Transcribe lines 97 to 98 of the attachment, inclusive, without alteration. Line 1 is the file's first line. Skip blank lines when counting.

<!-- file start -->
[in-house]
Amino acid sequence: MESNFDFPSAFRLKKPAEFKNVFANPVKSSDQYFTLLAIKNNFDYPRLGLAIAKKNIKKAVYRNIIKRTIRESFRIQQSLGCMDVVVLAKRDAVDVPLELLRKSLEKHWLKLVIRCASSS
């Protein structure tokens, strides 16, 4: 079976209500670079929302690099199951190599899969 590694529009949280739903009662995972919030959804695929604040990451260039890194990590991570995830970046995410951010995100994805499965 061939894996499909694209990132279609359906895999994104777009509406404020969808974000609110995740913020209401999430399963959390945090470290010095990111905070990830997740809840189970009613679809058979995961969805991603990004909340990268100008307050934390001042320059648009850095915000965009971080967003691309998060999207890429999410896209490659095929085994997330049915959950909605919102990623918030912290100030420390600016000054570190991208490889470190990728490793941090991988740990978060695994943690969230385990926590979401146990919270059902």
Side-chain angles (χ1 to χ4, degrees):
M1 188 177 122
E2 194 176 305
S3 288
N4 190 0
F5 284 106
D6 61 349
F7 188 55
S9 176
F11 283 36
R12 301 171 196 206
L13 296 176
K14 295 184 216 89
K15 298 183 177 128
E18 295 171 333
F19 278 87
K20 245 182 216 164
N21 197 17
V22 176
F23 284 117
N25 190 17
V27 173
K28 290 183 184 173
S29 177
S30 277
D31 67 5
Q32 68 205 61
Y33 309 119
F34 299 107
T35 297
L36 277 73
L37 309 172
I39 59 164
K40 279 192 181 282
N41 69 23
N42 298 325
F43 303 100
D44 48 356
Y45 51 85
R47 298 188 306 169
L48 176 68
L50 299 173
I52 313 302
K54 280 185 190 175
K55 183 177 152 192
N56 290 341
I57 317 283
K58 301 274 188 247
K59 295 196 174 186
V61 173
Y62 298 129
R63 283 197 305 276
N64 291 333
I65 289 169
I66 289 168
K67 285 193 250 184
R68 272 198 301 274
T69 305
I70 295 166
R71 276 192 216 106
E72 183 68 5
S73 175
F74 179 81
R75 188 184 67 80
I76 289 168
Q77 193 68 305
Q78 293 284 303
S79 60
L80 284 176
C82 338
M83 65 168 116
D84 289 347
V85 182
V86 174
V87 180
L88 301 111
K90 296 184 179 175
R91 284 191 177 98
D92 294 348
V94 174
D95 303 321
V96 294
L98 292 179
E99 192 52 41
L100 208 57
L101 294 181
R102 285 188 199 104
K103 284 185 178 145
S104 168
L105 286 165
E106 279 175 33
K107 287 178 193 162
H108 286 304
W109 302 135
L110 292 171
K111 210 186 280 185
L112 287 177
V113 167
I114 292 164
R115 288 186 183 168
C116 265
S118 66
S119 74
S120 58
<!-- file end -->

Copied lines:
W109 302 135
L110 292 171